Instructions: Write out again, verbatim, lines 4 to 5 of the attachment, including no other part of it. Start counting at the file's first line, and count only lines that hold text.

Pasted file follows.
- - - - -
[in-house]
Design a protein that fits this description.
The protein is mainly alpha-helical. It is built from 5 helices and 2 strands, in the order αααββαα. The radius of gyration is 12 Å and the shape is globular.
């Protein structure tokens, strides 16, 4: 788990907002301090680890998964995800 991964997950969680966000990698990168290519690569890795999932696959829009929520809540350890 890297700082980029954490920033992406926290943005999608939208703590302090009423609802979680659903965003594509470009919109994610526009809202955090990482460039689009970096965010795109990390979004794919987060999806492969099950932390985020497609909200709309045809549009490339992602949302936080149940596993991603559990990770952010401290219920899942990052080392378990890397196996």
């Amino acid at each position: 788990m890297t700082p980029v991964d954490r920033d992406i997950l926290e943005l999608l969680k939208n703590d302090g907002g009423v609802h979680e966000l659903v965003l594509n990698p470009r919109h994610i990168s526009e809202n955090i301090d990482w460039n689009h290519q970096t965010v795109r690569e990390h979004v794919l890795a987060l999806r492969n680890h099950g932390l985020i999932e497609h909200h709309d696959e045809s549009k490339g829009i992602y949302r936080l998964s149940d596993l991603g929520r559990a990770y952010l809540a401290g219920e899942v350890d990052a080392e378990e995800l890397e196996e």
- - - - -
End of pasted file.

């Protein structure tokens, strides 16, 4: 788990907002301090680890998964995800 991964997950969680966000990698990168290519690569890795999932696959829009929520809540350890 890297700082980029954490920033992406926290943005999608939208703590302090009423609802979680659903965003594509470009919109994610526009809202955090990482460039689009970096965010795109990390979004794919987060999806492969099950932390985020497609909200709309045809549009490339992602949302936080149940596993991603559990990770952010401290219920899942990052080392378990890397196996």
């Amino acid at each position: 788990m890297t700082p980029v991964d954490r920033d992406i997950l926290e943005l999608l969680k939208n703590d302090g907002g009423v609802h979680e966000l659903v965003l594509n990698p470009r919109h994610i990168s526009e809202n955090i301090d990482w460039n689009h290519q970096t965010v795109r690569e990390h979004v794919l890795a987060l999806r492969n680890h099950g932390l985020i999932e497609h909200h709309d696959e045809s549009k490339g829009i992602y949302r936080l998964s149940d596993l991603g929520r559990a990770y952010l809540a401290g219920e899942v350890d990052a080392e378990e995800l890397e196996e």